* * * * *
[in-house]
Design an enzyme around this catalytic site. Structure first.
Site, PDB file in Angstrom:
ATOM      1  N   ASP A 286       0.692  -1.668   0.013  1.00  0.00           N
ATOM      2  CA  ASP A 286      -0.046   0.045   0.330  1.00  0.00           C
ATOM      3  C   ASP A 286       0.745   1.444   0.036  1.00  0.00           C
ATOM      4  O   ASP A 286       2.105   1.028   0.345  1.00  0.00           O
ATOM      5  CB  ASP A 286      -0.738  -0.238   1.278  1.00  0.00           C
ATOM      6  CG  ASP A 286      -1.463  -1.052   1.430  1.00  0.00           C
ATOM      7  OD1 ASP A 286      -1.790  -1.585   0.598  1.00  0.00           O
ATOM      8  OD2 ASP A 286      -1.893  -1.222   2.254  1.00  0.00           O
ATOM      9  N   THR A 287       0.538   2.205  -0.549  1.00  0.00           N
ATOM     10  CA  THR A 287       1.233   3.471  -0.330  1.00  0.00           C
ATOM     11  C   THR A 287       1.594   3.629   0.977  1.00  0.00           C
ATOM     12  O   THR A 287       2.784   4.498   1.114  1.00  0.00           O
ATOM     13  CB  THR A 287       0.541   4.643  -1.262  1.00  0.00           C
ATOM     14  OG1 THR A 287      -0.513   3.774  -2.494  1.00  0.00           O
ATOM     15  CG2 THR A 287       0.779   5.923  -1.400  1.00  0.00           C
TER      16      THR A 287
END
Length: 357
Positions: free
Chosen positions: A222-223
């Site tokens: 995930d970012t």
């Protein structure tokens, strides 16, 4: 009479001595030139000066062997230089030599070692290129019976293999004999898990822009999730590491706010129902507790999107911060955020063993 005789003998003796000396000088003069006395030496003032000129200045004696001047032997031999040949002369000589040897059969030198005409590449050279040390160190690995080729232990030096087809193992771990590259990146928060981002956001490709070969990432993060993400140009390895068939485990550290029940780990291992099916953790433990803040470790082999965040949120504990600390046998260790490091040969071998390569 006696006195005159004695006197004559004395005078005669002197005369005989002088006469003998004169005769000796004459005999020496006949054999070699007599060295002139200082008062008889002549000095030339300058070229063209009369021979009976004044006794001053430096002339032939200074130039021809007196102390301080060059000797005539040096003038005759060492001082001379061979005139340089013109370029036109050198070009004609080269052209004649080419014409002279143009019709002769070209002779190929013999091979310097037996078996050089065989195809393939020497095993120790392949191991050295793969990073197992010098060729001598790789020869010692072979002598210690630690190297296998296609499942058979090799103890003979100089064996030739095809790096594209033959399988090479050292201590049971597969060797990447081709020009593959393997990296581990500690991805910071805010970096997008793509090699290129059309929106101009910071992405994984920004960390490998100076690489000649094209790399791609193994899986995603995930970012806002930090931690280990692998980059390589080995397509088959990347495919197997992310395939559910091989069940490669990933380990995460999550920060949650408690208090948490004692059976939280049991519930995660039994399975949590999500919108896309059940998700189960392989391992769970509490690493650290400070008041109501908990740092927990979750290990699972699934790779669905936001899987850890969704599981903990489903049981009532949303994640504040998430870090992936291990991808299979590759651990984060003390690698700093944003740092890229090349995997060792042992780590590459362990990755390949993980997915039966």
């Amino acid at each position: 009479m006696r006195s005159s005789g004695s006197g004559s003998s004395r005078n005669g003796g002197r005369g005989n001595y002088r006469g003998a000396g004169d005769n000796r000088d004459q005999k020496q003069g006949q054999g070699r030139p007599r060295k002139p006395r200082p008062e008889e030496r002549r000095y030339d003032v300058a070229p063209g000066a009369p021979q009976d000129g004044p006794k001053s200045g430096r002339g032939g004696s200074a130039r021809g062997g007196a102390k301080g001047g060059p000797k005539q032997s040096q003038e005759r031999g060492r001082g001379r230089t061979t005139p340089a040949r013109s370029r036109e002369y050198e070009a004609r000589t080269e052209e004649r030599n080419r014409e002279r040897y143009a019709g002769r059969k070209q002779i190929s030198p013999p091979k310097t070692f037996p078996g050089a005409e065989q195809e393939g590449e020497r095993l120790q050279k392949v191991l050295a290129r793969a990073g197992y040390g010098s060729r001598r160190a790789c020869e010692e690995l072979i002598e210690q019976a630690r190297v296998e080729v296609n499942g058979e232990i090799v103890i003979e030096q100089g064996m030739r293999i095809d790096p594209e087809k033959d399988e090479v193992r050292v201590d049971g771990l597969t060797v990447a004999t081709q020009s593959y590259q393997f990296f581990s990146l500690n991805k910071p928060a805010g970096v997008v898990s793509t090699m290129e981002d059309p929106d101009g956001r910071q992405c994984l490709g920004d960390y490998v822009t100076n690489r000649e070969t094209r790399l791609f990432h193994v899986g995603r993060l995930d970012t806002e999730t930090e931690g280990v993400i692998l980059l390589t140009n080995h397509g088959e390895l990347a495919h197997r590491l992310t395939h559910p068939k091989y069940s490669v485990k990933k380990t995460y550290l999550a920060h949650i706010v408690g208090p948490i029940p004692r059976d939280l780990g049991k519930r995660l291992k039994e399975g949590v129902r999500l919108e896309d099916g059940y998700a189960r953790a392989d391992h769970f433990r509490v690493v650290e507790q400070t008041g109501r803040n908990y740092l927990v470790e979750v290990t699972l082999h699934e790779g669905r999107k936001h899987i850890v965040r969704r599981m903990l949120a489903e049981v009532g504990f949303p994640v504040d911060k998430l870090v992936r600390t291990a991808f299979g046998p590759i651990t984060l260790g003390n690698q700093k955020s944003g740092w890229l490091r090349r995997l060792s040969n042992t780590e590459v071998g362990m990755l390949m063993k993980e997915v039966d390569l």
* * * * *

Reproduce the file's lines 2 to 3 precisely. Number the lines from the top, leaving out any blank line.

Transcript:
Design an enzyme around this catalytic site. Structure first.
Site, PDB file in Angstrom: